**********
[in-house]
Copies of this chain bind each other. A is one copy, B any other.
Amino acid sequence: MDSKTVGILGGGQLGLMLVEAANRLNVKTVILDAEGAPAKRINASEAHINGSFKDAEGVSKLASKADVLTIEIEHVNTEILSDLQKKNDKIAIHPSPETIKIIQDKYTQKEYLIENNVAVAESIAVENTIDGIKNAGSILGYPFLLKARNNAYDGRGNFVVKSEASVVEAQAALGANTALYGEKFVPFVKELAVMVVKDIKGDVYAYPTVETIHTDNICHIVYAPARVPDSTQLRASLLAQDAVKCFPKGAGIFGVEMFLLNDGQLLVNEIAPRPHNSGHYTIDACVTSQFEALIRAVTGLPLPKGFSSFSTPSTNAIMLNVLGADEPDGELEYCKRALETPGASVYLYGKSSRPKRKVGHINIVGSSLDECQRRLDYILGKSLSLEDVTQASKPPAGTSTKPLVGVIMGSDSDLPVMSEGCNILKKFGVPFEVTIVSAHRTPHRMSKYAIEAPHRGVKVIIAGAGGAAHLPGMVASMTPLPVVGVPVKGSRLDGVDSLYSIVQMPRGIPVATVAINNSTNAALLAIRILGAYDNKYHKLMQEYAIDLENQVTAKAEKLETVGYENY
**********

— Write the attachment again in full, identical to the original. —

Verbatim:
[in-house]
Copies of this chain bind each other. A is one copy, B any other.
Amino acid sequence: MDSKTVGILGGGQLGLMLVEAANRLNVKTVILDAEGAPAKRINASEAHINGSFKDAEGVSKLASKADVLTIEIEHVNTEILSDLQKKNDKIAIHPSPETIKIIQDKYTQKEYLIENNVAVAESIAVENTIDGIKNAGSILGYPFLLKARNNAYDGRGNFVVKSEASVVEAQAALGANTALYGEKFVPFVKELAVMVVKDIKGDVYAYPTVETIHTDNICHIVYAPARVPDSTQLRASLLAQDAVKCFPKGAGIFGVEMFLLNDGQLLVNEIAPRPHNSGHYTIDACVTSQFEALIRAVTGLPLPKGFSSFSTPSTNAIMLNVLGADEPDGELEYCKRALETPGASVYLYGKSSRPKRKVGHINIVGSSLDECQRRLDYILGKSLSLEDVTQASKPPAGTSTKPLVGVIMGSDSDLPVMSEGCNILKKFGVPFEVTIVSAHRTPHRMSKYAIEAPHRGVKVIIAGAGGAAHLPGMVASMTPLPVVGVPVKGSRLDGVDSLYSIVQMPRGIPVATVAINNSTNAALLAIRILGAYDNKYHKLMQEYAIDLENQVTAKAEKLETVGYENY